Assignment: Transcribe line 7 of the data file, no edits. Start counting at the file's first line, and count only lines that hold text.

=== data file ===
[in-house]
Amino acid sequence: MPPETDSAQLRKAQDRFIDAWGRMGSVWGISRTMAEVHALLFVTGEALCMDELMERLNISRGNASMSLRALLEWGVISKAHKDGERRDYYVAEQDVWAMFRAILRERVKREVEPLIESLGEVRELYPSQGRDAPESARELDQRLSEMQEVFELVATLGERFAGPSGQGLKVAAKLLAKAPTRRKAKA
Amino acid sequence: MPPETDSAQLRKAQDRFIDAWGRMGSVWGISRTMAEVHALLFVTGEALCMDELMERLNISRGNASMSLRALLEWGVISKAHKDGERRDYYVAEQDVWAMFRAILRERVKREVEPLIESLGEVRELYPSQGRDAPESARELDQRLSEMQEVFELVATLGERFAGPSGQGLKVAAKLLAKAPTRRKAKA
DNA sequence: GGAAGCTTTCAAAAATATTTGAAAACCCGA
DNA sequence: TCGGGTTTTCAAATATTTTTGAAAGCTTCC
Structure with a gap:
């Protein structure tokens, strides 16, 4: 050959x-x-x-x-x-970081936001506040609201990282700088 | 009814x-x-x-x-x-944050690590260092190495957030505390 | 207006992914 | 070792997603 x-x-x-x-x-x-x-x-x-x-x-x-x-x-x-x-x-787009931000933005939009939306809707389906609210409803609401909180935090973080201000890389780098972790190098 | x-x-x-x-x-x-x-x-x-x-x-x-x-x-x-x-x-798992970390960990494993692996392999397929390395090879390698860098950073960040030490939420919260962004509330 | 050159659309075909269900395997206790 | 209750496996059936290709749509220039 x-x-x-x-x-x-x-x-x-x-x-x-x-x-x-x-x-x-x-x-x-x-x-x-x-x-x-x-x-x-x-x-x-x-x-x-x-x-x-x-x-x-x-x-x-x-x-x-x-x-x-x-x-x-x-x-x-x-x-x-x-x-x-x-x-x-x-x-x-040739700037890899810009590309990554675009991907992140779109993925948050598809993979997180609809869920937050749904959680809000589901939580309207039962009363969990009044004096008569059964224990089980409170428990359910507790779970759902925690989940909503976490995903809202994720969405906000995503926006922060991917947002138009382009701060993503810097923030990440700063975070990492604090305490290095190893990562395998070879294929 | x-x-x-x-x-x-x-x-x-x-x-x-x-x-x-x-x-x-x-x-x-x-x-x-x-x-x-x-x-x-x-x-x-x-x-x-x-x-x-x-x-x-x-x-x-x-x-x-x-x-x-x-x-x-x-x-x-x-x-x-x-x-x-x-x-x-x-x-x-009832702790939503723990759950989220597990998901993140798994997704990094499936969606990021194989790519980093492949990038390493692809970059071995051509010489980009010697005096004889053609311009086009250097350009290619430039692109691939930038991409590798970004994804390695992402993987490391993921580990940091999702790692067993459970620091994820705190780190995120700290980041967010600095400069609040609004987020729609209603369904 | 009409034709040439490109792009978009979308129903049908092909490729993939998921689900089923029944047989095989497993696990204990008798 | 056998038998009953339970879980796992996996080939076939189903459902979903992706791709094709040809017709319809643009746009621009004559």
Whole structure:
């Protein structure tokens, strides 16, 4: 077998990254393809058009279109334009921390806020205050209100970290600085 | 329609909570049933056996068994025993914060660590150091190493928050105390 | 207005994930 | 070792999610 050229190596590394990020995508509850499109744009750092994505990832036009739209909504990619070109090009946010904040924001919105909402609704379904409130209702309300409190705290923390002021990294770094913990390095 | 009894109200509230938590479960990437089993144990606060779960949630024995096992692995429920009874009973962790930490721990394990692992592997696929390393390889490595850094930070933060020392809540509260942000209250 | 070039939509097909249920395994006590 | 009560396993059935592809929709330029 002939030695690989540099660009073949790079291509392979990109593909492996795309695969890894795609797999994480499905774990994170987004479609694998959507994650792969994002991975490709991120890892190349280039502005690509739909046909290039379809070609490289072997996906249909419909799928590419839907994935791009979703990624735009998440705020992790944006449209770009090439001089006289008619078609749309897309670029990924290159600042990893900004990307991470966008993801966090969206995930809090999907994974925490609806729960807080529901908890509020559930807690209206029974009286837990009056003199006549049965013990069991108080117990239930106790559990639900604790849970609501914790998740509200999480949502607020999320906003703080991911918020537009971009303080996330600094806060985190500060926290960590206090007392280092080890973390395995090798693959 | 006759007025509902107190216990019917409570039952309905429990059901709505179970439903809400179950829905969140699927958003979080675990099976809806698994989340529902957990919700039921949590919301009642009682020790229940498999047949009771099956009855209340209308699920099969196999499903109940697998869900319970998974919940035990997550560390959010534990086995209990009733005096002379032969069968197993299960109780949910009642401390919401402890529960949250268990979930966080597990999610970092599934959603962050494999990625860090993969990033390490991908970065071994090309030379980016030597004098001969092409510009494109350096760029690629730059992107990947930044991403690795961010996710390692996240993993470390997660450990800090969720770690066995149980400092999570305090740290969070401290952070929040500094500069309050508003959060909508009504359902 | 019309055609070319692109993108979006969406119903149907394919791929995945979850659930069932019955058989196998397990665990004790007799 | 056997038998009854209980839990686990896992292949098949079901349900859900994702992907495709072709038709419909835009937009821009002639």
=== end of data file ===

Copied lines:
């Protein structure tokens, strides 16, 4: 050959x-x-x-x-x-970081936001506040609201990282700088 | 009814x-x-x-x-x-944050690590260092190495957030505390 | 207006992914 | 070792997603 x-x-x-x-x-x-x-x-x-x-x-x-x-x-x-x-x-787009931000933005939009939306809707389906609210409803609401909180935090973080201000890389780098972790190098 | x-x-x-x-x-x-x-x-x-x-x-x-x-x-x-x-x-798992970390960990494993692996392999397929390395090879390698860098950073960040030490939420919260962004509330 | 050159659309075909269900395997206790 | 209750496996059936290709749509220039 x-x-x-x-x-x-x-x-x-x-x-x-x-x-x-x-x-x-x-x-x-x-x-x-x-x-x-x-x-x-x-x-x-x-x-x-x-x-x-x-x-x-x-x-x-x-x-x-x-x-x-x-x-x-x-x-x-x-x-x-x-x-x-x-x-x-x-x-x-040739700037890899810009590309990554675009991907992140779109993925948050598809993979997180609809869920937050749904959680809000589901939580309207039962009363969990009044004096008569059964224990089980409170428990359910507790779970759902925690989940909503976490995903809202994720969405906000995503926006922060991917947002138009382009701060993503810097923030990440700063975070990492604090305490290095190893990562395998070879294929 | x-x-x-x-x-x-x-x-x-x-x-x-x-x-x-x-x-x-x-x-x-x-x-x-x-x-x-x-x-x-x-x-x-x-x-x-x-x-x-x-x-x-x-x-x-x-x-x-x-x-x-x-x-x-x-x-x-x-x-x-x-x-x-x-x-x-x-x-x-009832702790939503723990759950989220597990998901993140798994997704990094499936969606990021194989790519980093492949990038390493692809970059071995051509010489980009010697005096004889053609311009086009250097350009290619430039692109691939930038991409590798970004994804390695992402993987490391993921580990940091999702790692067993459970620091994820705190780190995120700290980041967010600095400069609040609004987020729609209603369904 | 009409034709040439490109792009978009979308129903049908092909490729993939998921689900089923029944047989095989497993696990204990008798 | 056998038998009953339970879980796992996996080939076939189903459902979903992706791709094709040809017709319809643009746009621009004559």